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Policy / International treaties

Biden win lifts shadow from Paris Agreement

The US election result reaffirms the centrality of Paris Agreement to global climate governance – but at next year's COP26 summit there may be more continuity from the US than many expect.

In November 2017, shortly after Donald Trump announced he would take the US out of the Paris Agreement, the US diplomat responsible for global warming told the agreement’s yearly summit that the US intended to “remain engaged… in the UN framework convention”.

It was a message that seemed at odds with the president’s announcement. “President Trump has made clear the US position with respect to the Paris Agreement,” Judith Garber told the world’s dignitaries gathered in Bonn, Germany. “Although he indicated that the US intends to withdraw at the earliest opportunity, we remain open to the possibility of rejoining at a later date under terms more favourable to the American people.”

The statement foreshadowed the behaviour of the US state department within the Paris Agreement over the next three years: nominally about to leave, but always demanding a seat at the table to have a say in crafting the pact’s rules.

Actor Harrison Ford speaks at the COP25 Climate Summit in December 2019 in Madrid, Spain. (Photo by Pablo Blazquez Dominguez/Getty Images)

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“We have still seen the US engage in the negotiations over the past three years,” says Jennifer Tollmann, who has followed the negotiations to set the Paris Agreement rulebook and commitments for the think tank E3G. “The US was just another party with red lines that had to be navigated.”

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In fact, climate summits over the past three years have had quite a heavy US presence, not only from the state department negotiators, but also from US state and business leaders forming the ‘We Are Still In’ coalition pledging to continue climate action at the regional level.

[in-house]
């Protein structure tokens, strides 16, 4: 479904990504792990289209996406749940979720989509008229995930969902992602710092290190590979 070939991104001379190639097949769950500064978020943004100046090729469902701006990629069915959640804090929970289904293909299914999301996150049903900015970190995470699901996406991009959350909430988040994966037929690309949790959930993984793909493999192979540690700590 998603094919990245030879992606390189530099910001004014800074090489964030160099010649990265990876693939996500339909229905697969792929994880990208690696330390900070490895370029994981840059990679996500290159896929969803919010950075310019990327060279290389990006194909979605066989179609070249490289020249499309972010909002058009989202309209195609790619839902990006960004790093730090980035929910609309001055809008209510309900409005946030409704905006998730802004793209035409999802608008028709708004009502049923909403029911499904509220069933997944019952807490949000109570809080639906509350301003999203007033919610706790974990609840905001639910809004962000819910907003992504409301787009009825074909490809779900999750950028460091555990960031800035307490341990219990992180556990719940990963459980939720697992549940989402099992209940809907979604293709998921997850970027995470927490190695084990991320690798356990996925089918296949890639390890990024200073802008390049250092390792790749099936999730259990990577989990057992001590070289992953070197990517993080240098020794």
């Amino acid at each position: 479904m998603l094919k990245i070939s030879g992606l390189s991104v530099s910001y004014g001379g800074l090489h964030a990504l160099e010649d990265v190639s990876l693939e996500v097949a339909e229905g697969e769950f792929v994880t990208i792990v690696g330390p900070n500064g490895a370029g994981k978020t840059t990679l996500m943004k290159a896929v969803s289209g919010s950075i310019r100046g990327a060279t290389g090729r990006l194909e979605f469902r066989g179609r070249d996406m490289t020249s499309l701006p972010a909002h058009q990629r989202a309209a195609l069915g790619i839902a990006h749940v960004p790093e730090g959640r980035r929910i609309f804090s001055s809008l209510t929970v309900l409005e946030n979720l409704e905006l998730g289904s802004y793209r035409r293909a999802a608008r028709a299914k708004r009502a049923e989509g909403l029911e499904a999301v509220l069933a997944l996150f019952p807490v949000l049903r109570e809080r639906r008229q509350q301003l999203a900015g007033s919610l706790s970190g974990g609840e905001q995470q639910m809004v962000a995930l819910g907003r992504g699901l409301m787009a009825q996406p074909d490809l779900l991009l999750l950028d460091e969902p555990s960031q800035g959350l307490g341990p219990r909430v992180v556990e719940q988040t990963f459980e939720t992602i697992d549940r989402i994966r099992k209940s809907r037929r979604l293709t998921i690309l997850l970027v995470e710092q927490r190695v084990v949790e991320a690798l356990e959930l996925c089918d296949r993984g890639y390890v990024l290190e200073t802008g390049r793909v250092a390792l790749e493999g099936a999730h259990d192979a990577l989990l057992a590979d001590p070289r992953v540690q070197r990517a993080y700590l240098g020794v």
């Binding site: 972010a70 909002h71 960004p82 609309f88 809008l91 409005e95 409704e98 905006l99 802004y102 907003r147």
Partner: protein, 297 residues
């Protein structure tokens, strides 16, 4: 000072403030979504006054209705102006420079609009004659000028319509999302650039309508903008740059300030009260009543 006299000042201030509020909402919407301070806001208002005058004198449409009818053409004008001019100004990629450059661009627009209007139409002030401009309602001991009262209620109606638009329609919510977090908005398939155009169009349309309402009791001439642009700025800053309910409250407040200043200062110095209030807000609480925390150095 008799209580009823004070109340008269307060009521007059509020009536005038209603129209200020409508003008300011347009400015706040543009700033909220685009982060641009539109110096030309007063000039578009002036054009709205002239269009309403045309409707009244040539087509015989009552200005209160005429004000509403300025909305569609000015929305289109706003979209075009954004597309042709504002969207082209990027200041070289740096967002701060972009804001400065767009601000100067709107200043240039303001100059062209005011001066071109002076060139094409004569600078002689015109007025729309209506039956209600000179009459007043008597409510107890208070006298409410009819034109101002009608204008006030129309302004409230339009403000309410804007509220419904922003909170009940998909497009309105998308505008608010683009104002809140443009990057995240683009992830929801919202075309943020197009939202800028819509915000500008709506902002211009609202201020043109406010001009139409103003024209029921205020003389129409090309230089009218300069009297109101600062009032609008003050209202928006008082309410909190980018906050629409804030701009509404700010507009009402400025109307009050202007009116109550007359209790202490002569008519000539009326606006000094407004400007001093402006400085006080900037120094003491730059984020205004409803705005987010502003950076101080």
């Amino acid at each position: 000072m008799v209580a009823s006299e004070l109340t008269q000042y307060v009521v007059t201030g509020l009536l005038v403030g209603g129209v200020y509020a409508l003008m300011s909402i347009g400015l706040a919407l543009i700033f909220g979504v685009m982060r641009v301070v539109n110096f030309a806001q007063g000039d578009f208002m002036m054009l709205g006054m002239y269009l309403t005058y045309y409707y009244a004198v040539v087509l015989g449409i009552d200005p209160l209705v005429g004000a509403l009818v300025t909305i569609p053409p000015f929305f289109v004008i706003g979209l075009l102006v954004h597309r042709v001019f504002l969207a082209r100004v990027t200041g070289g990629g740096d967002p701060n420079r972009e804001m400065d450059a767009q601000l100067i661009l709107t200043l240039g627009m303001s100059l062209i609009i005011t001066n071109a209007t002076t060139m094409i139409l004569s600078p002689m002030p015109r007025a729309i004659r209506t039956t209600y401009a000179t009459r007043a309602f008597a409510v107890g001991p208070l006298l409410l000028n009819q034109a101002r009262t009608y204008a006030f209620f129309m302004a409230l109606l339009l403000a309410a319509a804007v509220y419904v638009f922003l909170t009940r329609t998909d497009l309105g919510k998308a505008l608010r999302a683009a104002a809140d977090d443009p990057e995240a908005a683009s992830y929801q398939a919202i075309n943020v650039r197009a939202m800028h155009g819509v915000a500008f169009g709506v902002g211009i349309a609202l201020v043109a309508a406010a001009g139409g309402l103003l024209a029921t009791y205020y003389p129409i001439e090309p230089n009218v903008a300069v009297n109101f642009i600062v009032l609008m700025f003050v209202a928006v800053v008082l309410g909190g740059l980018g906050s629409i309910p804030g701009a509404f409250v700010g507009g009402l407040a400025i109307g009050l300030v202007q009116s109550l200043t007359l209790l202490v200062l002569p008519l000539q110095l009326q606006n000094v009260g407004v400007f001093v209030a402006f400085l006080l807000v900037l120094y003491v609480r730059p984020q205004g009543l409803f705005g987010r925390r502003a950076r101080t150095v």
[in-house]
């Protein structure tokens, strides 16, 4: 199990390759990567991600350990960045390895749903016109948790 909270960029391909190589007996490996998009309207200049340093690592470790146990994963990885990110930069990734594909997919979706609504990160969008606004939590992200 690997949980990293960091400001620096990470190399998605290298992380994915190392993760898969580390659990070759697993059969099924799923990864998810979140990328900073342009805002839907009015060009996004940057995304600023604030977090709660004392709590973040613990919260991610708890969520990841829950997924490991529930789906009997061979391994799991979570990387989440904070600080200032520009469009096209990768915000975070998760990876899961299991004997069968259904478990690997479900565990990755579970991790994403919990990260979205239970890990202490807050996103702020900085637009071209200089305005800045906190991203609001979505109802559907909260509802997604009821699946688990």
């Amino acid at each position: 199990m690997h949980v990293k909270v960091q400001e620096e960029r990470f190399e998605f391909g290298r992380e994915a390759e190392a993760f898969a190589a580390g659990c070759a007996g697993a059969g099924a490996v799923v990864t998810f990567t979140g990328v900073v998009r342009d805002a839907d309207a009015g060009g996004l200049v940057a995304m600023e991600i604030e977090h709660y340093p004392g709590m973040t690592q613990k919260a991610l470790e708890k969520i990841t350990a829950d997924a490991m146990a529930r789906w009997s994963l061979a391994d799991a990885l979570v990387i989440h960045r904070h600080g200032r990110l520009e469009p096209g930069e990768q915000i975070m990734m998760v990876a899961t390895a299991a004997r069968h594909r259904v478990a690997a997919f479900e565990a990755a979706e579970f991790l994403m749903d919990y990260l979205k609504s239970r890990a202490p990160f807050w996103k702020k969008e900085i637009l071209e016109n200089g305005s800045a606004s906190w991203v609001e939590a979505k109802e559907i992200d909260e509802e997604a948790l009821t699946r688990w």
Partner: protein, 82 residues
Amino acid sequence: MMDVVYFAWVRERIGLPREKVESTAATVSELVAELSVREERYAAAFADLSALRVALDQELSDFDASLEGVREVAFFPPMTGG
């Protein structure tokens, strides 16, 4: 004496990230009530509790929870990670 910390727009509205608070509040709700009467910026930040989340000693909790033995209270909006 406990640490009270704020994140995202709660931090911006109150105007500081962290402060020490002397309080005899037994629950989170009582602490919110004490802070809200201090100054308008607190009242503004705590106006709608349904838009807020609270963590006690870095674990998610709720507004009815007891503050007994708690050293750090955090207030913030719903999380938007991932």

So why were Trump’s negotiators so interested in setting the rules for an agreement they were supposedly going to leave? Because Trump’s gambit to make the Paris Agreement collapse by pulling the US out didn’t work, and that was already clear by the time of the 2017 summit in Bonn. Rather than refusing to participate if the US didn’t have obligations, China pledged to double down on its efforts. Although Trump ally Jair Bolsonaro, the Brazilian president, threatened to take his country out during his election campaign, he backed off after the EU threatened to halt free trade talks if he did so. In fact, the only two countries that hadn’t signed the accord, Syria and Nicaragua, signed it after Trump’s announcement – although several countries have still not ratified the agreement.

“Even though everyone was disappointed, most countries just shrugged and went on with their lives,” says Tollmann. “But the process did not roll on as quickly as it would have with the US’s diplomatic weight behind it, and that is where the re-entry is going to make a real difference.”

As the saying goes, if you are not sat at the table, then you are on the menu. US diplomats knew that and this is why they have stayed engaged with the talks over the past three years, only officially leaving on 4 November.

The reason for the long delay in the departure was ostensibly the agreement’s rules, but it didn’t have to be this way. Out of all the options to leave the accord, the Trump administration chose the one that would take the longest. US officials could have declared Barack Obama’s decision to not put the agreement to the US Congress (by not deeming it a “treaty”) to have been invalid. Congress could have then rejected the agreement, taking the US out right away.

Instead, the Trump administration chose to go through the official process of withdrawal, which takes more than three years. The “earliest opportunity’ referred to by Garber just happened to fall on the day after this year’s presidential election. A state department official confirmed in 2017 that, in the meantime, US negotiators would continue coming to COP summits to hammer out the pact’s rule book “to ensure a level playing field that benefits and protects US interests”.